Telus links social, traditional training

Telus links social, traditional training

When a major Canadian telecommunications company wanted to change how it handles employee training, it turned to social networking.

Telus, based in Vancouver, had long run formal programs -- mostly classes and lectures -- to train its 35,000 employees around the world, but found they were becoming a bit too stiff, said Dan Pontefract, head of learning and collaboration.

Some workers have difficulty learning in formal settings, and can better master new tasks by communicating directly with friends and colleagues.

Learning, after all, is social, says Pontefrac. The training should be social as well, he added.

"We always thought training was an event," he said. "It was something that you went to. We had a plethora of formal learning options."

However, Pontefrac added. "That's just not the only way people learn."

Now, Telus offers a combination of learning tools for its workers. "We didn't throw classroom learning out with the bathwater, but we made it a piece of a bigger pie that included informal and social," he said

The Telus training philosophy is now broken down into the three broad categories.

Formal training refers to any self-contained event that people go to, such as a lecture or classroom course.

Informal training refers to live Webcasts, podcasts or mentoring.

And social learning consists of collaboration via online videos, blogs or discussion strings. For instance, workers can access a network of employee profiles to find someone half a continent away -- or in the next office -- who can answer questions.

With the three categories of training now up and running, Pontefract said it's on to the next step: making all three work together. For that, Telus turned to Microsoft's SharePoint software.

SharePoint, a Web application platform, already installed at Telus for other tasks will become an umbrella to manage the many pieces to the company's training puzzle in a social way by early next year.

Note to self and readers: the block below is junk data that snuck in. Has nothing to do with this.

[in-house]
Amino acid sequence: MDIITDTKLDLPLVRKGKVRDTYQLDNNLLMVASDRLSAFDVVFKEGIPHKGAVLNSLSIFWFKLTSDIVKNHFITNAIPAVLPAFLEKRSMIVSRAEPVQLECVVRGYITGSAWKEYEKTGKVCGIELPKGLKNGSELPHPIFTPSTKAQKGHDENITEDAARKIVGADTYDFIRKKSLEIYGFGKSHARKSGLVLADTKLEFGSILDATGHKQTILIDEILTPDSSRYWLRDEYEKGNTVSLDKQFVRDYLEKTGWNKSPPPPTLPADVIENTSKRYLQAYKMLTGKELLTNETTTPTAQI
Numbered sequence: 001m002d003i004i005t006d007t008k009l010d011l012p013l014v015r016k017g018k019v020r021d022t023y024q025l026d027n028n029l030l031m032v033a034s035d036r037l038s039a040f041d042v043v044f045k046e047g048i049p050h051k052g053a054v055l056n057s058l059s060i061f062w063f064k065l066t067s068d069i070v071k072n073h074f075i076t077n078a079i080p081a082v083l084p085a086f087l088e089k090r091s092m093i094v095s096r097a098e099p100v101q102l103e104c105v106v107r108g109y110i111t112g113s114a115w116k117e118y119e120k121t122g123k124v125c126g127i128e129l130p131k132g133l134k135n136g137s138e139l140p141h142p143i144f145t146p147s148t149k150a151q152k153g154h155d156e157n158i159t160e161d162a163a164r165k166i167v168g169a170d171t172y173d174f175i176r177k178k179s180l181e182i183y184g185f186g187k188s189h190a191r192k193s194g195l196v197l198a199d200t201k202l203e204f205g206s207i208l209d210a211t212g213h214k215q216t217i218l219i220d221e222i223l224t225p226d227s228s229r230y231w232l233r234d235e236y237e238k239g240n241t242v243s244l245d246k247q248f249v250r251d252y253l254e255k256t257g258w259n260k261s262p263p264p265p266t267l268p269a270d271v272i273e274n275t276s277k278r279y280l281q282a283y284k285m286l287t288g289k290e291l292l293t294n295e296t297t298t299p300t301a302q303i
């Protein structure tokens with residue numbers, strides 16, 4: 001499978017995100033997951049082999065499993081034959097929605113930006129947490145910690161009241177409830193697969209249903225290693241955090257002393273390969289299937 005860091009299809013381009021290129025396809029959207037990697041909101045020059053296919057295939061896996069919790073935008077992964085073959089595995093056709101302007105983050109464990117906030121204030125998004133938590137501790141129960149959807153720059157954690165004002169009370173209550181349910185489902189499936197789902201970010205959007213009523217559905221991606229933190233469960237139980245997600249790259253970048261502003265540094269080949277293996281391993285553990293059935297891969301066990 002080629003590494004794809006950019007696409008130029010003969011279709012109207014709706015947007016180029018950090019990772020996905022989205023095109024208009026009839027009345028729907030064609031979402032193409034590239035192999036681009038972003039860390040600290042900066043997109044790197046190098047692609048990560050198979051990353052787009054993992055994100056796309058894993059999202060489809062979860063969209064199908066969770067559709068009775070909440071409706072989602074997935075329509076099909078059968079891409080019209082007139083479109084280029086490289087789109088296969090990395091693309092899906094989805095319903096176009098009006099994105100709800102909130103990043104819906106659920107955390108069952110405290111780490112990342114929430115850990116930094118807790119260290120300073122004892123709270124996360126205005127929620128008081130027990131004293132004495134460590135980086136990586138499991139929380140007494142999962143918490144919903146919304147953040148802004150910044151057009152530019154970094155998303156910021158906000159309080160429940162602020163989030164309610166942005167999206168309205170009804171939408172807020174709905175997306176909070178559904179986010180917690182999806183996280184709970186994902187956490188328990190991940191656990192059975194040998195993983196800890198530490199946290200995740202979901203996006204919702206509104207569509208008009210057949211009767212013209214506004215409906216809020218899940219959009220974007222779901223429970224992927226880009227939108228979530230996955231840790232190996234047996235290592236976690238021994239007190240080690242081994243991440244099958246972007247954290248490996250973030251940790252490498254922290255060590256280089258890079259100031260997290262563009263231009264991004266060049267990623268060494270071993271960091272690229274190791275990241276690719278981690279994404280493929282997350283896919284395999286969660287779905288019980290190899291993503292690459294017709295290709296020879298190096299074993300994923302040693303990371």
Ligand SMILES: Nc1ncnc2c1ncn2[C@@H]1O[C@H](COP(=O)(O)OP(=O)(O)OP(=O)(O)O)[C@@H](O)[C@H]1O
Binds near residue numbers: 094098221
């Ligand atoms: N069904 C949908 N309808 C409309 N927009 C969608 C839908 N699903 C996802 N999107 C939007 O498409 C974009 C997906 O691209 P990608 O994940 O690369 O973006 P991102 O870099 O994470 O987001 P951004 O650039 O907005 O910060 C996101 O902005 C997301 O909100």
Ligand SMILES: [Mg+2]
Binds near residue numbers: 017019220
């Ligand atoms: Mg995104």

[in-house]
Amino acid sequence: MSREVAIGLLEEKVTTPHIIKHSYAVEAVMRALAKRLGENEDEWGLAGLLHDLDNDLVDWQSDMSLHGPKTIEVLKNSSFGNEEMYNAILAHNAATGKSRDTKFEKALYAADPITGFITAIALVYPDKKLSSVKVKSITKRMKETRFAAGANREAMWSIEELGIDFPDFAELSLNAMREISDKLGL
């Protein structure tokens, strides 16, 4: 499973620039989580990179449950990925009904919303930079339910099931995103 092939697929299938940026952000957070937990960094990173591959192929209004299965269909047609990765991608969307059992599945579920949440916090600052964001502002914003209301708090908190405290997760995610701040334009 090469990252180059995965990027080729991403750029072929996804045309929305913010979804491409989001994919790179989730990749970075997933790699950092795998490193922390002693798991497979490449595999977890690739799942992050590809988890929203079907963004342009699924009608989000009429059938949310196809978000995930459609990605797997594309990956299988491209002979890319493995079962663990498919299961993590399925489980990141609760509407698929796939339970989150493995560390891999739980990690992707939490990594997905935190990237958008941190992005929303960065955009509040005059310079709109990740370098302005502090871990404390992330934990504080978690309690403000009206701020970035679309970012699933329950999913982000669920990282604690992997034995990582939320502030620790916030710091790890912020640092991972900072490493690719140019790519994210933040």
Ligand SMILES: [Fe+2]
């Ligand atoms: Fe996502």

Brad Shimmin, an analyst with Current Analysis, said SharePoint is a viable option for combining the different means of training.

"When you try to transfer knowledge, it doesn't always happen in a classroom," he said. "To bring these different types of learning worlds together is stellar. It will make more knowledge available to everybody instead of just the people in a particular class."

Sharepoint faces a significant task of managing the growing training efforts at Telus.

For instance, the company has created an internal enterprise social network where employees are encouraged to create online profiles, including their specialties and work interests, to share with a network of colleagues.

Telus has also created its own YouTube channel, of sorts, where employees can post videos of things they've done on the job, ask questions of colleagues or offer up kudos to co-workers. More than 1,000 videos have been posted since the channel was launched a little more than 18 months ago.

The telecom also runs a microblogging service inside the corporate firewall. The service runs on desktop and mobile devices. About half of Telon employees are using the service so far.

Bringing multiple tasks together has long been important at Telus.

"We use a lot of different collaborative software," Pontefrac said. "Along the way, we've added pieces. We don't want people getting stuck in a silo of technology. We want them to move freely."

Telus has been using SharePoint for various tasks over the the past 18 months, after completing an 18-month Microsoft training program before that.

Now the company is focusing on using SharePoint to integrate all of the training options -- formal sit-down training classes, Webcasts, podcasts, blogs, content sharing, microblogging, video sharing and the corporate social network.

"We're trying to bring all the formal learning assets into the SharePoint experience," said Pontefract. "When we send people out to a formal class or something, we want them to be able to rank their course, or to add a video or a discussion thread. Learning should be part formal and part social."

Pontefract wouldn't disclose the cost of the training integration effort, but noted that work started at the end of 2011. The company expects that the training programs will be integrated by Jan. 2013.

Shimmin said SharePoint is likely not that enterprise social collaboration market leader -- that prestige likely goes to Jive Software with Cisco. Yammer and Moxie Software are big players, as well, he added.

"To me [the Telus project] a proof point of what has been SharePoint's strength for many, many years and that's it's adaptability," said Shimmin.

"It's about flexibility. The people who made SharePoint didn't say it will be a great training tool. They wanted the product to be a single solution with enough functionality to be beneficial across the board. It's good enough to get a lot of things done in the enterprise."

According to Pontefract, the biggest benefit for Telus will be the single stop shop for training.

"We can stop sending people out to sign up for courses," he said. "We really want the notion of a team member accessing both the formal and informal together in one place. That will make our formal more social. And that's really our quest here."

Sharon Gaudin covers the Internet and Web 2.0, emerging technologies, and desktop and laptop chips for Computerworld. Follow Sharon on Twitter at @sgaudin. Her e-mail address is

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